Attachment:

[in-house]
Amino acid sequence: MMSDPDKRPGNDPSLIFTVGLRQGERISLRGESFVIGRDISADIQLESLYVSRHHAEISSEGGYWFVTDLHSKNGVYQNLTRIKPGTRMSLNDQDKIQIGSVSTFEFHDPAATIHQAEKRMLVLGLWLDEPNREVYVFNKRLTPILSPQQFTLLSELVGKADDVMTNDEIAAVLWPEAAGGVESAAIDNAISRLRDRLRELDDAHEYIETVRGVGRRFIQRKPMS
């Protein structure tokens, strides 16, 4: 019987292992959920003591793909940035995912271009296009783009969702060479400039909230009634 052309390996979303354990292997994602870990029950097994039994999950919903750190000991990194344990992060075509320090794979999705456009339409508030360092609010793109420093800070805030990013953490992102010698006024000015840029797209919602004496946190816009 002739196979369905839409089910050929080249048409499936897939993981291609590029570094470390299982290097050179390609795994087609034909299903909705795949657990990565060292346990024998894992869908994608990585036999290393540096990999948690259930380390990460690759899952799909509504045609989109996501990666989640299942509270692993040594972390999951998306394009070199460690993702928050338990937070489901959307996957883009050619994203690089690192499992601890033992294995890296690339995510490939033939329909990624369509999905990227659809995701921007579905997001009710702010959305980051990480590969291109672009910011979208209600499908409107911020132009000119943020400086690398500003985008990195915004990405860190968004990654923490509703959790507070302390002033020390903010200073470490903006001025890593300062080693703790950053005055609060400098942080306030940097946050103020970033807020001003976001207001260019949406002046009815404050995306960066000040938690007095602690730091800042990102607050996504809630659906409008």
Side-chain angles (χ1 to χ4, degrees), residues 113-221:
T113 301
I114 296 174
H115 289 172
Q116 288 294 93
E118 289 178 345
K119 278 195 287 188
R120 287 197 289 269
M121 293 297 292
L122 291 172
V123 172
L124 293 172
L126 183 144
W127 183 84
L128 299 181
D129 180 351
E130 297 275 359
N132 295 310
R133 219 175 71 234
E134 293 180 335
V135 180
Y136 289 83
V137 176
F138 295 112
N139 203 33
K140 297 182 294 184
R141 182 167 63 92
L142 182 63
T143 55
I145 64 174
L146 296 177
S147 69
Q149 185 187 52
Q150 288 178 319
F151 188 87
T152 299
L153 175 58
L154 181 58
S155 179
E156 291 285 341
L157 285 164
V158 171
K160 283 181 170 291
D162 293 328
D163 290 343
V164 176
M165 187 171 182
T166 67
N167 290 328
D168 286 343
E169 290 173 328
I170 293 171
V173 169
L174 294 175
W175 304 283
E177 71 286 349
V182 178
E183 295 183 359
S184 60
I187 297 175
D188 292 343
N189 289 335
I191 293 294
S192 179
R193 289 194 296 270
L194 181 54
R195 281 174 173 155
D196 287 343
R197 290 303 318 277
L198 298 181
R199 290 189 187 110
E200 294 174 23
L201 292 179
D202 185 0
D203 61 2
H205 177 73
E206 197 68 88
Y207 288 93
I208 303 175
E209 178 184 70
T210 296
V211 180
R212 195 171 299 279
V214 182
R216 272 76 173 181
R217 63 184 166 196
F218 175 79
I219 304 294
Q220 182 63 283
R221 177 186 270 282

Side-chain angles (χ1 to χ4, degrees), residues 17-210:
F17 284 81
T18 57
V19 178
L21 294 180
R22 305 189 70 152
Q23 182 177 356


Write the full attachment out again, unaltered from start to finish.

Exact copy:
[in-house]
Amino acid sequence: MMSDPDKRPGNDPSLIFTVGLRQGERISLRGESFVIGRDISADIQLESLYVSRHHAEISSEGGYWFVTDLHSKNGVYQNLTRIKPGTRMSLNDQDKIQIGSVSTFEFHDPAATIHQAEKRMLVLGLWLDEPNREVYVFNKRLTPILSPQQFTLLSELVGKADDVMTNDEIAAVLWPEAAGGVESAAIDNAISRLRDRLRELDDAHEYIETVRGVGRRFIQRKPMS
């Protein structure tokens, strides 16, 4: 019987292992959920003591793909940035995912271009296009783009969702060479400039909230009634 052309390996979303354990292997994602870990029950097994039994999950919903750190000991990194344990992060075509320090794979999705456009339409508030360092609010793109420093800070805030990013953490992102010698006024000015840029797209919602004496946190816009 002739196979369905839409089910050929080249048409499936897939993981291609590029570094470390299982290097050179390609795994087609034909299903909705795949657990990565060292346990024998894992869908994608990585036999290393540096990999948690259930380390990460690759899952799909509504045609989109996501990666989640299942509270692993040594972390999951998306394009070199460690993702928050338990937070489901959307996957883009050619994203690089690192499992601890033992294995890296690339995510490939033939329909990624369509999905990227659809995701921007579905997001009710702010959305980051990480590969291109672009910011979208209600499908409107911020132009000119943020400086690398500003985008990195915004990405860190968004990654923490509703959790507070302390002033020390903010200073470490903006001025890593300062080693703790950053005055609060400098942080306030940097946050103020970033807020001003976001207001260019949406002046009815404050995306960066000040938690007095602690730091800042990102607050996504809630659906409008």
Side-chain angles (χ1 to χ4, degrees), residues 113-221:
T113 301
I114 296 174
H115 289 172
Q116 288 294 93
E118 289 178 345
K119 278 195 287 188
R120 287 197 289 269
M121 293 297 292
L122 291 172
V123 172
L124 293 172
L126 183 144
W127 183 84
L128 299 181
D129 180 351
E130 297 275 359
N132 295 310
R133 219 175 71 234
E134 293 180 335
V135 180
Y136 289 83
V137 176
F138 295 112
N139 203 33
K140 297 182 294 184
R141 182 167 63 92
L142 182 63
T143 55
I145 64 174
L146 296 177
S147 69
Q149 185 187 52
Q150 288 178 319
F151 188 87
T152 299
L153 175 58
L154 181 58
S155 179
E156 291 285 341
L157 285 164
V158 171
K160 283 181 170 291
D162 293 328
D163 290 343
V164 176
M165 187 171 182
T166 67
N167 290 328
D168 286 343
E169 290 173 328
I170 293 171
V173 169
L174 294 175
W175 304 283
E177 71 286 349
V182 178
E183 295 183 359
S184 60
I187 297 175
D188 292 343
N189 289 335
I191 293 294
S192 179
R193 289 194 296 270
L194 181 54
R195 281 174 173 155
D196 287 343
R197 290 303 318 277
L198 298 181
R199 290 189 187 110
E200 294 174 23
L201 292 179
D202 185 0
D203 61 2
H205 177 73
E206 197 68 88
Y207 288 93
I208 303 175
E209 178 184 70
T210 296
V211 180
R212 195 171 299 279
V214 182
R216 272 76 173 181
R217 63 184 166 196
F218 175 79
I219 304 294
Q220 182 63 283
R221 177 186 270 282

Side-chain angles (χ1 to χ4, degrees), residues 17-210:
F17 284 81
T18 57
V19 178
L21 294 180
R22 305 189 70 152
Q23 182 177 356